Uncle Tom's Cabin By Harriet Beecher Stowe Chapters 42-45

But, to return to our friends, whom we left wiping their eyes, and recovering themselves from too great and sudden a joy. They are now seated around the social board, and are getting decidedly companionable; only that Cassy, who keeps little Eliza on her lap, occasionally squeezes the little thing, in a manner that rather astonishes her, and obstinately refuses to have her mouth stuffed with cake to the extent the little one desires, — alleging, what the child rather wonders at, that she has got something better than cake, and doesn't want it.

And, indeed, in two or three days, such a change has passed over Cassy, that our readers would scarcely know her. The despairing, haggard expression of her face had given way to one of gentle trust. She seemed to sink, at once, into the bosom of the family, and take the little ones into her heart, as something for which it long had waited. Indeed, her love seemed to flow more naturally to the little Eliza than to her own daughter; for she was the exact image and body of the child whom she had lost. The little one was a flowery bond between mother and daughter, through whom grew up acquaintanceship and affection. Eliza's steady, consistent piety, regulated by the constant reading of the sacred word, made her a proper guide for the shattered and wearied mind of her mother. Cassy yielded at once, and with her whole soul, to every good influence, and became a devout and tender Christian.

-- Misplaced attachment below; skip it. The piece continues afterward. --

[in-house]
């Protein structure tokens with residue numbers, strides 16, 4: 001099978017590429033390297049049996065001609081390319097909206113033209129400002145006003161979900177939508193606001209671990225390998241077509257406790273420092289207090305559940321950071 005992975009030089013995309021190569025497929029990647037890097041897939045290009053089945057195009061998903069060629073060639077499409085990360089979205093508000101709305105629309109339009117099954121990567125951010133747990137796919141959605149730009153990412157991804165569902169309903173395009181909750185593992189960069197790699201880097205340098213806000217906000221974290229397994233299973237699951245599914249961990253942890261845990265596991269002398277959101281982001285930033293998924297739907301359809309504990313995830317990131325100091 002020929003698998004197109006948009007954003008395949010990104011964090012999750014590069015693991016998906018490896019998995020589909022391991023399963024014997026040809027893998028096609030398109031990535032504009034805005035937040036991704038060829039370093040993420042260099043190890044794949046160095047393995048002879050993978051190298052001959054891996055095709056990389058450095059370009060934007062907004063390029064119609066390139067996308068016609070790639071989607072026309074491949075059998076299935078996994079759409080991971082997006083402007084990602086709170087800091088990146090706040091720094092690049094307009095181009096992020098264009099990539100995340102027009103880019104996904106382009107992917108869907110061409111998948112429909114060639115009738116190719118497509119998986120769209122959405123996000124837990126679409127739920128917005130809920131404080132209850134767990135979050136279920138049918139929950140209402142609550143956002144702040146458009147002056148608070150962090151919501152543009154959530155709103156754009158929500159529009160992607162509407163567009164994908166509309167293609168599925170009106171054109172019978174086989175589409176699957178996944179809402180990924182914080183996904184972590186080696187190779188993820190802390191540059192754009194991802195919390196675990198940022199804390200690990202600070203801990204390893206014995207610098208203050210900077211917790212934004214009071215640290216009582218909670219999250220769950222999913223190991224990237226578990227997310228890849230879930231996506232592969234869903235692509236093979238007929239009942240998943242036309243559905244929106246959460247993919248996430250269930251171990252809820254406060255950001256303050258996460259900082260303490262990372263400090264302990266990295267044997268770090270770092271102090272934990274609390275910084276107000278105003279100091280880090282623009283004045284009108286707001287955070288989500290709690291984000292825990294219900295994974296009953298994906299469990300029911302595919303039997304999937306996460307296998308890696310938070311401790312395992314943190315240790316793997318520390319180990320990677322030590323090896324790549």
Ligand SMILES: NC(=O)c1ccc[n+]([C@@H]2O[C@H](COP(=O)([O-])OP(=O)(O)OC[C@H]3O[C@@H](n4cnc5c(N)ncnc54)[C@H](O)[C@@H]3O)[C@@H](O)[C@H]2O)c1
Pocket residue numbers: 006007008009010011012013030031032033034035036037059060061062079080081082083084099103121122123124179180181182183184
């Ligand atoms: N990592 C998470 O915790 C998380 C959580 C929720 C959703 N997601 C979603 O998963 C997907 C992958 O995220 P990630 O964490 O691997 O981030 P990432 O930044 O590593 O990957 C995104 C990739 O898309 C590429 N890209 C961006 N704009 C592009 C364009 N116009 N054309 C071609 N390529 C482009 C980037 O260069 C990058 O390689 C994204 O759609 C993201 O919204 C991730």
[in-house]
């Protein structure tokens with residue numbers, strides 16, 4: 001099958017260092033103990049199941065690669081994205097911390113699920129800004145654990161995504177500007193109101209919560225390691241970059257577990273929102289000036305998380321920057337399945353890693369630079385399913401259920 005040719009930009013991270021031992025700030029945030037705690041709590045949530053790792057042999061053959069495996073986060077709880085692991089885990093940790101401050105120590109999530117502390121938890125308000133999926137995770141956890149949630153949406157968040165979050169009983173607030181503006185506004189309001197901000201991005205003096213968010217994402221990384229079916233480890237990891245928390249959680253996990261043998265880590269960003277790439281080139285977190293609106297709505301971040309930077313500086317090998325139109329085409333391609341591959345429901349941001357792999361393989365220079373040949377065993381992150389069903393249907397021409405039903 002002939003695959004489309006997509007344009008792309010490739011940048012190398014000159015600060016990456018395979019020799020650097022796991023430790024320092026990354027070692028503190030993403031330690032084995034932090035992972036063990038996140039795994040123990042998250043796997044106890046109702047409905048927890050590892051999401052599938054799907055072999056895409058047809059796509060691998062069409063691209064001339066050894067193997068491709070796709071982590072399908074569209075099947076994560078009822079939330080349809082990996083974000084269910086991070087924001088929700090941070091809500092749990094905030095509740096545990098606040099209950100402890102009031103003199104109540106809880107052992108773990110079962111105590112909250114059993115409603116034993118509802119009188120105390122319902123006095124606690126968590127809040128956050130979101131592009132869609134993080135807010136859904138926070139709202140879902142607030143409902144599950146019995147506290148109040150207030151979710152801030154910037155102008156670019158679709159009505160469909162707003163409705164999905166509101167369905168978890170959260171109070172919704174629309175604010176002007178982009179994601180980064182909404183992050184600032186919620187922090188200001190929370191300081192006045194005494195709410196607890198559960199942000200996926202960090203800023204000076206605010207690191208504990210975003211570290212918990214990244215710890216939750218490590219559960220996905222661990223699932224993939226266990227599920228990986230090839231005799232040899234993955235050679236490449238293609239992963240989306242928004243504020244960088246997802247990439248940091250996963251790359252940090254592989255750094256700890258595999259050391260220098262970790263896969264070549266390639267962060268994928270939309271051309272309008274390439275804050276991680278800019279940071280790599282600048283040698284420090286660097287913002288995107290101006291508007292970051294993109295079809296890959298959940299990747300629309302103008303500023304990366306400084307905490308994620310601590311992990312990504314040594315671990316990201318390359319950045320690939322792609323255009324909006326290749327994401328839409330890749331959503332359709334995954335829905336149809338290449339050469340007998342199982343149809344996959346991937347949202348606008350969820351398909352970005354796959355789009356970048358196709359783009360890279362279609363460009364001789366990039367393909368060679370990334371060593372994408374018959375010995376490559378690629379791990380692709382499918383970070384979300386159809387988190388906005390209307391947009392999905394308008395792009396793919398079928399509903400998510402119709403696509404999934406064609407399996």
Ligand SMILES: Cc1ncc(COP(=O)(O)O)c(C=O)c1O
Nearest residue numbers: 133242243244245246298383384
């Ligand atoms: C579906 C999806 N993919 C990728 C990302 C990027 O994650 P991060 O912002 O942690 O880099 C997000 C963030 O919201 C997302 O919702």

After a day or two, Madame de Thoux told her brother more particularly of her affairs. The death of her husband had left her an ample fortune, which she generously offered to share with the family. When she asked George what way she could best apply it for him, he answered, "Give me an education, Emily; that has always been my heart's desire. Then, I can do all the rest."

On mature deliberation, it was decided that the whole family should go, for some years, to France; whither they sailed, carrying Emmeline with them.

The good looks of the latter won the affection of the first mate of the vessel; and, shortly after entering the port, she became his wife.

George remained four years at a French university, and, applying himself with an unintermitted zeal, obtained a very thorough education.

Political troubles in France, at last, led the family again to seek an asylum in this country.

George's feelings and views, as an educated man, may be best expressed in a letter to one of his friends.

"I feel somewhat at a loss, as to my future course. True, as you have said to me, I might mingle in the circles of the whites, in this country, my shade of color is so slight, and that of my wife and family scarce perceptible. Well, perhaps, on sufferance, I might. But, to tell you the truth, I have no wish to.

"My sympathies are not for my father's race, but for my mother's. To him I was no more than a fine dog or horse: to my poor heart-broken mother I was a child; and, though I never saw her, after the cruel sale that separated us, till she died, yet I know she always loved me dearly. I know it by my own heart. When I think of all she suffered, of my own early sufferings, of the distresses and struggles of my heroic wife, of my sister, sold in the New Orleans slave-market, — though I hope to have no unchristian sentiments, yet I may be excused for saying, I have no wish to pass for an American, or to identify myself with them.